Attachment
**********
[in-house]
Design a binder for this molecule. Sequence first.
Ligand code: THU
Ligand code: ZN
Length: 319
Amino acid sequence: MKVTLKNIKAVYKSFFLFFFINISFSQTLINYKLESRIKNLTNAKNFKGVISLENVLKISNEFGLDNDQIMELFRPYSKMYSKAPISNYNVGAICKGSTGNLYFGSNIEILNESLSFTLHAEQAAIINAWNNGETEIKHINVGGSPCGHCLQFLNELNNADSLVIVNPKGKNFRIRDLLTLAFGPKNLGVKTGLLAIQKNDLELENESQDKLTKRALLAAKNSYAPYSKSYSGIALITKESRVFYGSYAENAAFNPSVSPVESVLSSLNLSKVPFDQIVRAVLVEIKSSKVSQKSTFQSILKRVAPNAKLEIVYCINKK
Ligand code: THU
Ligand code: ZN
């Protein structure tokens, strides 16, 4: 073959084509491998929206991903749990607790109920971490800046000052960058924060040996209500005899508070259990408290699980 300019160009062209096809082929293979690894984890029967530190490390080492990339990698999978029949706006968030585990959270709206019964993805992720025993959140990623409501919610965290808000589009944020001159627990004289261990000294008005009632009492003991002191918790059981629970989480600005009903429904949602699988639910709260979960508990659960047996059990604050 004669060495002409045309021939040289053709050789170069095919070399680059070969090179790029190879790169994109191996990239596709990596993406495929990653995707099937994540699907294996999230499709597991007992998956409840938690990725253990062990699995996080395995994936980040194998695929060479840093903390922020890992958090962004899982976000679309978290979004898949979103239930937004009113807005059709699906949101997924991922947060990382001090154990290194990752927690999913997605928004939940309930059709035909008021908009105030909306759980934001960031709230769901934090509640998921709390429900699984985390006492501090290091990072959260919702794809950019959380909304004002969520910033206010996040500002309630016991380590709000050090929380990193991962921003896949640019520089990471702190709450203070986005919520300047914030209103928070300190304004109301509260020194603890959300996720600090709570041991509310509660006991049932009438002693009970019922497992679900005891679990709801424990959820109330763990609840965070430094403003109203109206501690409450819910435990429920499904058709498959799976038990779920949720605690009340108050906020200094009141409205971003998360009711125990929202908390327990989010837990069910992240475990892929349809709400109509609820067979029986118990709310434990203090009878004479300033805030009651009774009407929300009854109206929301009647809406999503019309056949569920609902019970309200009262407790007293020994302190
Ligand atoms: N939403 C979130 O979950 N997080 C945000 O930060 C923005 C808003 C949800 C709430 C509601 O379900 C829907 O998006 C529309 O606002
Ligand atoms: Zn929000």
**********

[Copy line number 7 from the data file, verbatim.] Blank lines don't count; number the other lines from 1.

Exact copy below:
Ligand code: THU